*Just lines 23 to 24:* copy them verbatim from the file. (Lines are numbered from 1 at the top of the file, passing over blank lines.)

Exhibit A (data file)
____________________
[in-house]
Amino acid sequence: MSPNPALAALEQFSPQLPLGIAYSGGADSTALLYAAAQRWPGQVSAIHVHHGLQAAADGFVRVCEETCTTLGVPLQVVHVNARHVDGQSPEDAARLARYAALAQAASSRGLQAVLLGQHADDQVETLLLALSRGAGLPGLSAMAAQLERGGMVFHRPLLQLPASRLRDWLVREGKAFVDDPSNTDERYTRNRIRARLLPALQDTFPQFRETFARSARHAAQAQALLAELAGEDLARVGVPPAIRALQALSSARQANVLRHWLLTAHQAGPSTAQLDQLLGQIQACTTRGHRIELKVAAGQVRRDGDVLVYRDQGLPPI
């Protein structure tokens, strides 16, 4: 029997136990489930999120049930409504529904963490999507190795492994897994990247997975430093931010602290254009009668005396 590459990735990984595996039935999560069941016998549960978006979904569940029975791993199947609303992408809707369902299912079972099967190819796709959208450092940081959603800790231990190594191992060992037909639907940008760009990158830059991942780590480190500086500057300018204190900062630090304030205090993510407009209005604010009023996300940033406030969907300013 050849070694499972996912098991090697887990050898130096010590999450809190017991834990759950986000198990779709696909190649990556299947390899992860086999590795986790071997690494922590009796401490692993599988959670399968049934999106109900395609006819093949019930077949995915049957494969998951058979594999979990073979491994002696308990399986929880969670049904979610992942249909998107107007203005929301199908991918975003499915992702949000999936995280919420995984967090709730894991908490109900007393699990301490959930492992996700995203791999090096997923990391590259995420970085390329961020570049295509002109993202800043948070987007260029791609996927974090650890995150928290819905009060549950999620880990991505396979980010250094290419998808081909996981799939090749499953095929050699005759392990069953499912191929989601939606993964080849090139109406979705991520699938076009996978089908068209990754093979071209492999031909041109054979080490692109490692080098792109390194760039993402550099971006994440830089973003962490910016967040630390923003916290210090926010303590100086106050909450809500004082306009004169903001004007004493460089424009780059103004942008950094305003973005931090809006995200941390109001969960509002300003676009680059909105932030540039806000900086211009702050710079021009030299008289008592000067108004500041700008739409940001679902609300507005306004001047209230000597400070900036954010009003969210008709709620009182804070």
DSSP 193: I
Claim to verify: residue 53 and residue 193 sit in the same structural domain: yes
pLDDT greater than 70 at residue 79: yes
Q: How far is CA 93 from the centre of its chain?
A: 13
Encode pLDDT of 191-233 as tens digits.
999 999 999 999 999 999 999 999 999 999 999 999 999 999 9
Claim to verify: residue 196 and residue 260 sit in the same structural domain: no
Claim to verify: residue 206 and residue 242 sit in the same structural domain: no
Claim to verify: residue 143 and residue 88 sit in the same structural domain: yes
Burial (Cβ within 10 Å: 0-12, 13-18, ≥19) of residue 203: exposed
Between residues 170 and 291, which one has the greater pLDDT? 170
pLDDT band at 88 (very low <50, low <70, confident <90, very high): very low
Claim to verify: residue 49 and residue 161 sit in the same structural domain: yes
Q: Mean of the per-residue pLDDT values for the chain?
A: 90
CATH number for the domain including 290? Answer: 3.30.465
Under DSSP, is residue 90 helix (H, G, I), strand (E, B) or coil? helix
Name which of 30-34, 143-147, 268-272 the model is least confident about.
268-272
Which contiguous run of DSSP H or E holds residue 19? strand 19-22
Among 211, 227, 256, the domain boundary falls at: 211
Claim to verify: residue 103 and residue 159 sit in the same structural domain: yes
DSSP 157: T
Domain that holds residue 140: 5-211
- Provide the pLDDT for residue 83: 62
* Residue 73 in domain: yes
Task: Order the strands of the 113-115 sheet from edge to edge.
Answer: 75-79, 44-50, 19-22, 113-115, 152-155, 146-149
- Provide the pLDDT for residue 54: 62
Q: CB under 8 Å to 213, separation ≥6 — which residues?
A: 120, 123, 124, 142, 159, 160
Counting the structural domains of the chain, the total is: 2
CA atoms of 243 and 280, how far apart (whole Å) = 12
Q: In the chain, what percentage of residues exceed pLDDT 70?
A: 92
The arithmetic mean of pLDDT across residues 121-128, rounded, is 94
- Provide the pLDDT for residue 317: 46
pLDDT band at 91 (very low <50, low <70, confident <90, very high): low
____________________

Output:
268-272
Which contiguous run of DSSP H or E holds residue 19? strand 19-22